Abd and his family on the Isle of Bute. Photo: www.thesun.co.uk

UK papers stirred up controversy with a story on a Syrian family settles on a remot Scottish island.

Sahil Nathani   02 August 2016 15:08

Brilio.net - Eight months ago, around fifteen Syrian families were sent to the Isle of Bute in Scotland, starting a new life away from the crisis in their homeland.

This is part of the United Kingdom Home Office’s Syrian Vulnerable Person Resettlement Scheme, which ‘aims to house 20,000 people in the UK by 2020 and prioritizes the most vulnerable.’ Under the terms and conditions of this scheme, refugees are granted a five-year ‘Humanitarian Protection status, permission to work and access to public funds, with their costs met for a year by the overseas aid budget.’

The Isle of Bute sits in the Firth of Clyde in far northwest Scotland. It is a beautiful but remote part of the country, home to just 7,000 people. It’s found its way into the UK headlines after some Syrian refugees placed there voiced their disappointment.

Abd is a 42-year old Father of four who was incarcerated and tortured in Syria. He arrived in Bute with his family but told The Daily Mail is struggling to cope with the new life.

“At first, of course, I was really happy to come to the UK. It is the other of freedom. People treated me really well, really nice. Scotland is beautiful.  I love the weather. There are some people who like this weather and I like it. I like the winter. But for six, seven months now there has been nowhere to go. There is no movement, there is nothing. I’m not bored any more. I am depressed now.”  

Abd travelled to Glasgow a in search of work opportunities, but to no avail. He then said that “whenever we say anything about moving off the island, we are told ‘we had to pay a lot of money to bring you here.’ This makes him feel like a dishonored, controlled, and an “obligatory” resident.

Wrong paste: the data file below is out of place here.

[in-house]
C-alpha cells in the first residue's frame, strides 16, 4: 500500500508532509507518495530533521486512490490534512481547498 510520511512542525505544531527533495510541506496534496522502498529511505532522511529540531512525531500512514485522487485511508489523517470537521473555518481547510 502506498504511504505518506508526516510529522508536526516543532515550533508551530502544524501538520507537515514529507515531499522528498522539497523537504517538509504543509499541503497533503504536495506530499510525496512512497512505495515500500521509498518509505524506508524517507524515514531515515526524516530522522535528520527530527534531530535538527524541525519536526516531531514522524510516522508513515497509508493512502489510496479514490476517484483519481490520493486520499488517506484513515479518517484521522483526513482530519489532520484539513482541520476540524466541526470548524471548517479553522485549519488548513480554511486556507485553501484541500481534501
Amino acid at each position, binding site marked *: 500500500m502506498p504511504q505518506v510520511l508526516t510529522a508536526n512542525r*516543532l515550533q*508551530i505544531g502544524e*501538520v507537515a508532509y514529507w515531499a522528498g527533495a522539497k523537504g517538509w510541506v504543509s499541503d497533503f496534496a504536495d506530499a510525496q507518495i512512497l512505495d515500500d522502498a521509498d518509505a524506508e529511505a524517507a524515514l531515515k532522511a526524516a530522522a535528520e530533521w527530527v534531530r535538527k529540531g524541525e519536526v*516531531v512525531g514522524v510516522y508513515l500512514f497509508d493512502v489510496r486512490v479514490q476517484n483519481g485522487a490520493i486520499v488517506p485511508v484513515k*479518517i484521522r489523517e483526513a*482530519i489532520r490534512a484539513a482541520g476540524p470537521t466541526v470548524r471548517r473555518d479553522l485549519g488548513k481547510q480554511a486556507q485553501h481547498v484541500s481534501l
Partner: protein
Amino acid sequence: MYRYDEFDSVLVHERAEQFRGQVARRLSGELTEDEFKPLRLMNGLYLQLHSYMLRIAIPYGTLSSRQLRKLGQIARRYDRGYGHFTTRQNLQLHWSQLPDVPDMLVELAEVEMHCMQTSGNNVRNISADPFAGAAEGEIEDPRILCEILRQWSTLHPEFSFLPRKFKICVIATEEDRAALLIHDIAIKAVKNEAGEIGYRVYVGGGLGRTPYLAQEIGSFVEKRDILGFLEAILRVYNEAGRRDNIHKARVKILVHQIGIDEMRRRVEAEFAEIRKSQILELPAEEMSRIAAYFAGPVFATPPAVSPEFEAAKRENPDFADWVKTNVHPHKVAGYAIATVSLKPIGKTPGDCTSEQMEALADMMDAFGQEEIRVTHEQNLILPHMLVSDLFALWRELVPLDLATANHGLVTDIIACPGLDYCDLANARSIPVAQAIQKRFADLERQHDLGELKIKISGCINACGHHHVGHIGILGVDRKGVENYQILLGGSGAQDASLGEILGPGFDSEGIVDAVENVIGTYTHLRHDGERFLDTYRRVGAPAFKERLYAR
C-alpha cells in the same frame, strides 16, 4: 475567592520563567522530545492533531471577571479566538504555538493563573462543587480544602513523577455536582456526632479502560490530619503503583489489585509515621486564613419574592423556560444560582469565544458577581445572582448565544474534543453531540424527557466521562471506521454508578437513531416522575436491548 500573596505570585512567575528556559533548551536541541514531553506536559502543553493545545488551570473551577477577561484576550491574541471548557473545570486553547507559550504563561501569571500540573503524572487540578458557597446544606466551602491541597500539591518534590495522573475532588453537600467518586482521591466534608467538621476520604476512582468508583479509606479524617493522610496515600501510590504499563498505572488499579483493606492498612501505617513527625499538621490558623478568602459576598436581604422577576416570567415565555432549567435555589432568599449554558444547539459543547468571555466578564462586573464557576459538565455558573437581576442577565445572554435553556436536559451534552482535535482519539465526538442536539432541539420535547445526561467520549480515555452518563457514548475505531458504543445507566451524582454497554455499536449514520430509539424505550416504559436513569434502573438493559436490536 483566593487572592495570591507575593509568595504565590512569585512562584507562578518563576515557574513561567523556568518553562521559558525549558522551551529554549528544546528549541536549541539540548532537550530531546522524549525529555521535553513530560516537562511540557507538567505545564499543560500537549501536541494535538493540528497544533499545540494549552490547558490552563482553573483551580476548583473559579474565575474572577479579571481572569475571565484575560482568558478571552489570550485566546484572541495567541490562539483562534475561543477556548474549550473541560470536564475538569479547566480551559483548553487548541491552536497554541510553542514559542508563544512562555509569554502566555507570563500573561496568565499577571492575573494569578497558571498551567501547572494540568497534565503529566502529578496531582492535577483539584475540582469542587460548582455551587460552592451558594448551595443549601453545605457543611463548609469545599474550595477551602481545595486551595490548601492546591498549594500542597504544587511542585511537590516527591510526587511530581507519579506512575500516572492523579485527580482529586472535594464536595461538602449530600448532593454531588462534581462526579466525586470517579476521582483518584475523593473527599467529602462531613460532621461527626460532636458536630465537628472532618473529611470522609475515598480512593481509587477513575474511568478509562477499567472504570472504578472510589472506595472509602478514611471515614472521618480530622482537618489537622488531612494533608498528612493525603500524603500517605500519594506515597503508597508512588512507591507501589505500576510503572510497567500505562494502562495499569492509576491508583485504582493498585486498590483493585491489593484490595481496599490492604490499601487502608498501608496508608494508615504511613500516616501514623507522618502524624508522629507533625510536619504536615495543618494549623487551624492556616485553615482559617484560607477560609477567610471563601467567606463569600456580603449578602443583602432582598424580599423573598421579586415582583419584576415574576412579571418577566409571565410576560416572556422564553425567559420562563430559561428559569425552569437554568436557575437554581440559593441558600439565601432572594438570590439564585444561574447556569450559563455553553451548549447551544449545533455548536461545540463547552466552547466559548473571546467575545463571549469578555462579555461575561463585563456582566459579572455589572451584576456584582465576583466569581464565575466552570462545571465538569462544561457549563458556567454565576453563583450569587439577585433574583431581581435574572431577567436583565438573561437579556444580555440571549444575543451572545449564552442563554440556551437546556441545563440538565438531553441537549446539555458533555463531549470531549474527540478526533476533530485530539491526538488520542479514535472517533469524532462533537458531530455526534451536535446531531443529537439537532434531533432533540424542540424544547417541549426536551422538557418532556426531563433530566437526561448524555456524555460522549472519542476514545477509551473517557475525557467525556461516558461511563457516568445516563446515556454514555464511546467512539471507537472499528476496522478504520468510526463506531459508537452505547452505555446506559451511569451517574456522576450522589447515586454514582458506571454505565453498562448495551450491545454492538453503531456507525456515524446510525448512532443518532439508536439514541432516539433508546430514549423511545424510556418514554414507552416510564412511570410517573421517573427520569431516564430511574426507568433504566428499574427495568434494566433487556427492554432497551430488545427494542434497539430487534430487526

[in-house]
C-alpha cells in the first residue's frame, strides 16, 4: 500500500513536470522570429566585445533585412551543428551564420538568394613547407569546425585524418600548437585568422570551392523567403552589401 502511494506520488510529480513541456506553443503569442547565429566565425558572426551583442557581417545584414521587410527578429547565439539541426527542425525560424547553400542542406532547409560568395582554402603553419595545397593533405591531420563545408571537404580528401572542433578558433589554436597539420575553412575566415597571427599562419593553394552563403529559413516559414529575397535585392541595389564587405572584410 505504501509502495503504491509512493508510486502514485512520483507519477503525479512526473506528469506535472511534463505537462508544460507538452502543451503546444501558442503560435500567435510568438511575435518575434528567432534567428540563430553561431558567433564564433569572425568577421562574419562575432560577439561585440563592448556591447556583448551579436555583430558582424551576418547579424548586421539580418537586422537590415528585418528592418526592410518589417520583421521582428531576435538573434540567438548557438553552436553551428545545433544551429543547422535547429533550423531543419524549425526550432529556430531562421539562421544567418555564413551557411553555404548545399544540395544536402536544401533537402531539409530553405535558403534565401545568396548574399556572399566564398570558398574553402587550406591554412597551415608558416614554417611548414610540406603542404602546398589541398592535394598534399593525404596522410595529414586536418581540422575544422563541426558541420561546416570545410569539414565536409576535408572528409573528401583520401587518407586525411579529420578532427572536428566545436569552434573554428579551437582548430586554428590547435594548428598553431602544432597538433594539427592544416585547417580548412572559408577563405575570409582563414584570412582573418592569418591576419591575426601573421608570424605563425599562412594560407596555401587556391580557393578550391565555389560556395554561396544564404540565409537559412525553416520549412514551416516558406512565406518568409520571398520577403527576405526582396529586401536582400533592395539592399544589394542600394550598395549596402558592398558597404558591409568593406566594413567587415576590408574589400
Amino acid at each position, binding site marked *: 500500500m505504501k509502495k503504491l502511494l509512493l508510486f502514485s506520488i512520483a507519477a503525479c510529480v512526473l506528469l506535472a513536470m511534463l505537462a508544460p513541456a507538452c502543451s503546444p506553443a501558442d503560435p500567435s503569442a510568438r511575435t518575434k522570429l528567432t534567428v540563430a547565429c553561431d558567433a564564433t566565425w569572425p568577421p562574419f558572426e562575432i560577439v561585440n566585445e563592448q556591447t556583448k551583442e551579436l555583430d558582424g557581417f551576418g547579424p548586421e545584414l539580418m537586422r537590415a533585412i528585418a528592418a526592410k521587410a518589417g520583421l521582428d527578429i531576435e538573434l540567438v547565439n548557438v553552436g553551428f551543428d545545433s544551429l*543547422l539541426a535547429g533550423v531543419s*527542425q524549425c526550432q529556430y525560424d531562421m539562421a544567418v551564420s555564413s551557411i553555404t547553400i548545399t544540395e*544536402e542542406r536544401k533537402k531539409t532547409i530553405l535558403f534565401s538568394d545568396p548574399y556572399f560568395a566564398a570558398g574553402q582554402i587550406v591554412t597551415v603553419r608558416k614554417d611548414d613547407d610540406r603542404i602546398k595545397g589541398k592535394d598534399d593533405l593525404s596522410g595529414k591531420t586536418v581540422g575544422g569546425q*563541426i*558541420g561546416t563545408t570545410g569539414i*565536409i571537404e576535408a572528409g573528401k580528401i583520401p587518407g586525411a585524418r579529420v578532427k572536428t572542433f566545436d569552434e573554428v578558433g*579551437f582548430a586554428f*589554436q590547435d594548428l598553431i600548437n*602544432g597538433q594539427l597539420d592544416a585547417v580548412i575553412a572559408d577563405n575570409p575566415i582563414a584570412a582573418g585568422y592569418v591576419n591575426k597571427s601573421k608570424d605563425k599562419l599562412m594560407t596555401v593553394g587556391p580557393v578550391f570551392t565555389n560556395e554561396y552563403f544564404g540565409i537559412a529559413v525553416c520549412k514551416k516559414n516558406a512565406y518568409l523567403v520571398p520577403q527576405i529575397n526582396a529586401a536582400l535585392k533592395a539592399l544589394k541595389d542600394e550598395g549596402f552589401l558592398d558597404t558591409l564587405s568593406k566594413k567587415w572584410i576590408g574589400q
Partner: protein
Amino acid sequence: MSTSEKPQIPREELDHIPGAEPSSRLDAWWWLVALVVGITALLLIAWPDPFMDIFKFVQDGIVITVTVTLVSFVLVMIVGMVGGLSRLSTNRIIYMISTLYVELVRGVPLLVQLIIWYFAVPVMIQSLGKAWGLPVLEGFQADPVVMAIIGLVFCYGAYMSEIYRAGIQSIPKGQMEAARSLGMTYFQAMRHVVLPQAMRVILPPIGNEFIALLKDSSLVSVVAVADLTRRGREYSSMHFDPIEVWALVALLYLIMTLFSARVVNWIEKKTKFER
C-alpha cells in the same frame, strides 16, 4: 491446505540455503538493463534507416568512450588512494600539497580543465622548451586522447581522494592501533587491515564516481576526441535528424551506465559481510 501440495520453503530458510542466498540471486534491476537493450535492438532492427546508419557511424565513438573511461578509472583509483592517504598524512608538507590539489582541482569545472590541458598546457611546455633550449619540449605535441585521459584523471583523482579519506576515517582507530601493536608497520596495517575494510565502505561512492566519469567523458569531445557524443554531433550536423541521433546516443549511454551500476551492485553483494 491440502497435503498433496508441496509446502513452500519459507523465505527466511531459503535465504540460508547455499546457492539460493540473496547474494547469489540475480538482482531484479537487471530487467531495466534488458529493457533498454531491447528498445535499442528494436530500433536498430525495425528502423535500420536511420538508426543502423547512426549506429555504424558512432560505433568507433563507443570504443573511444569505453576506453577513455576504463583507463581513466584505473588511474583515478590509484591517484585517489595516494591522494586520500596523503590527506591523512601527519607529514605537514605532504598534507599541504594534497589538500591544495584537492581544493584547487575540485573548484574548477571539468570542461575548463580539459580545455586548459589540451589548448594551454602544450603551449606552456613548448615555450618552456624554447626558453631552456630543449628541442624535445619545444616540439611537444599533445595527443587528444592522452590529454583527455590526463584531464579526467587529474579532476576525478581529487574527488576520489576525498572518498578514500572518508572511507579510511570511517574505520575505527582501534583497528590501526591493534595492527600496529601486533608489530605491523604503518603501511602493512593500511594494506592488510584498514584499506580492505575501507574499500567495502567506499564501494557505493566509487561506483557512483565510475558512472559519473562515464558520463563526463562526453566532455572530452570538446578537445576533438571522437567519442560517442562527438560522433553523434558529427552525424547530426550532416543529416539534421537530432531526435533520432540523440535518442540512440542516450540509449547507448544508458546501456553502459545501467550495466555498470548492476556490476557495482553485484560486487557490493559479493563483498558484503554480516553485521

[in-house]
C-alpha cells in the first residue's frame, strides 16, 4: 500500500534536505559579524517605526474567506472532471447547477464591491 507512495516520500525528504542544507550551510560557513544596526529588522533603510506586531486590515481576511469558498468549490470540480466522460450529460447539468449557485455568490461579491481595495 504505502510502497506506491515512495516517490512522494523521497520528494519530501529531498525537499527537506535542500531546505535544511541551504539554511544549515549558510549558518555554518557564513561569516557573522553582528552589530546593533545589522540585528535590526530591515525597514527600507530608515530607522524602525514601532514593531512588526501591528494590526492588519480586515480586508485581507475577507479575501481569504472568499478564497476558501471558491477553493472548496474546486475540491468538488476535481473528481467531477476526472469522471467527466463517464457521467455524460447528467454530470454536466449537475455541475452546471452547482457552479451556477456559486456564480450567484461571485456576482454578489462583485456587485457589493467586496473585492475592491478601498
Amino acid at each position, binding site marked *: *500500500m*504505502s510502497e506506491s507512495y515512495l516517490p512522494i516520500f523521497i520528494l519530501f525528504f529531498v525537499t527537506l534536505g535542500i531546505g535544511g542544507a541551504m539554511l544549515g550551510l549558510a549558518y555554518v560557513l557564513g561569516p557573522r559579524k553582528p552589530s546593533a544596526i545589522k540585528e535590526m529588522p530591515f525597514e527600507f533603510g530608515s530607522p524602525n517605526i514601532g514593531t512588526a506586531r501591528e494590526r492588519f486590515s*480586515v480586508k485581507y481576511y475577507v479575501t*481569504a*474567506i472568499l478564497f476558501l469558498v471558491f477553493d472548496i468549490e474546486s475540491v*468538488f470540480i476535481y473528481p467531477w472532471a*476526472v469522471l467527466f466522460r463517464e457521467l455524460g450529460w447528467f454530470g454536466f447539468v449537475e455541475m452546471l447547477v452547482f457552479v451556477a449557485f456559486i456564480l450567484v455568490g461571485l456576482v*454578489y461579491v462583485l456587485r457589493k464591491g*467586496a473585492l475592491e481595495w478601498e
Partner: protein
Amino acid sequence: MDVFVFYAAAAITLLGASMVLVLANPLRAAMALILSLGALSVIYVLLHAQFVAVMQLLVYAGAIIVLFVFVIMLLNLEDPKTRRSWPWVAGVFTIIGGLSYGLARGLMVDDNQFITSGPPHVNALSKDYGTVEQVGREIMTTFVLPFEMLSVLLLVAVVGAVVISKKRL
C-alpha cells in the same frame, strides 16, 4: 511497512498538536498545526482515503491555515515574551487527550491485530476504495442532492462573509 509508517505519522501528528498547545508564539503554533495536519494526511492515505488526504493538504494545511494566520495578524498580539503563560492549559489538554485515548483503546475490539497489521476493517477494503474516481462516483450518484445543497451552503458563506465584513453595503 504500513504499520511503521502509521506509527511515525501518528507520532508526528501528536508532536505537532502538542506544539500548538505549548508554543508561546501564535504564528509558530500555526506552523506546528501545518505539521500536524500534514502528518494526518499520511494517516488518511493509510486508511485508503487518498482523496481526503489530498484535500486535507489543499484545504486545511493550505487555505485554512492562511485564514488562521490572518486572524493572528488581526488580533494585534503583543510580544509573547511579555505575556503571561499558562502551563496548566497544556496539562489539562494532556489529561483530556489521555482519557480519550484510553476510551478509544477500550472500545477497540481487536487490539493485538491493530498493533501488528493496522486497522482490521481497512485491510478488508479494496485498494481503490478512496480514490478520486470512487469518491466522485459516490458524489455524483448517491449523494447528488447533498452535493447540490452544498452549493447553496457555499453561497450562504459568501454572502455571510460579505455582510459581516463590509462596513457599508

Another woman by the name of Rasha highlighted the plight by saying that the island is “full of old people” and that the island is “where people come to die.”

Spun out of proportion?

Despite their frustrations, a Bute council chief said: “These are not the views of the majority of our families, who are settling in well and making the most of all the opportunities of support and welcome available. Volunteers and a range of agencies are working extremely hard together and putting a whole range of support in place for every single one of our families.”

Lisa O’Donell, a writer in Glasgow who was born on the island of Bute, accused The Daily Mail of manipulating Abd’s poor English skills as she shared a photo of the article on Facebook, which had the headline “We want to leave, plead refugees on Scots island.

She criticised the reporter and urged people on the island to do their part to help them adjust to the new life, away from the trauma that they faced back home.

Her post attracted many comments from Syrian refugees on the island, expressing their happiness with life on Bute and the people there.

via Facebook/Lisa O'Donnell

Below are some of the comments posted by the Syrian refugees on the Isle of Bute, in response to Lisa’s Facebook post.

via Facebook/Lisa O'Donnell

via Facebook/Lisa O'Donnell

At least the cold hasn’t got them too down!

 

 

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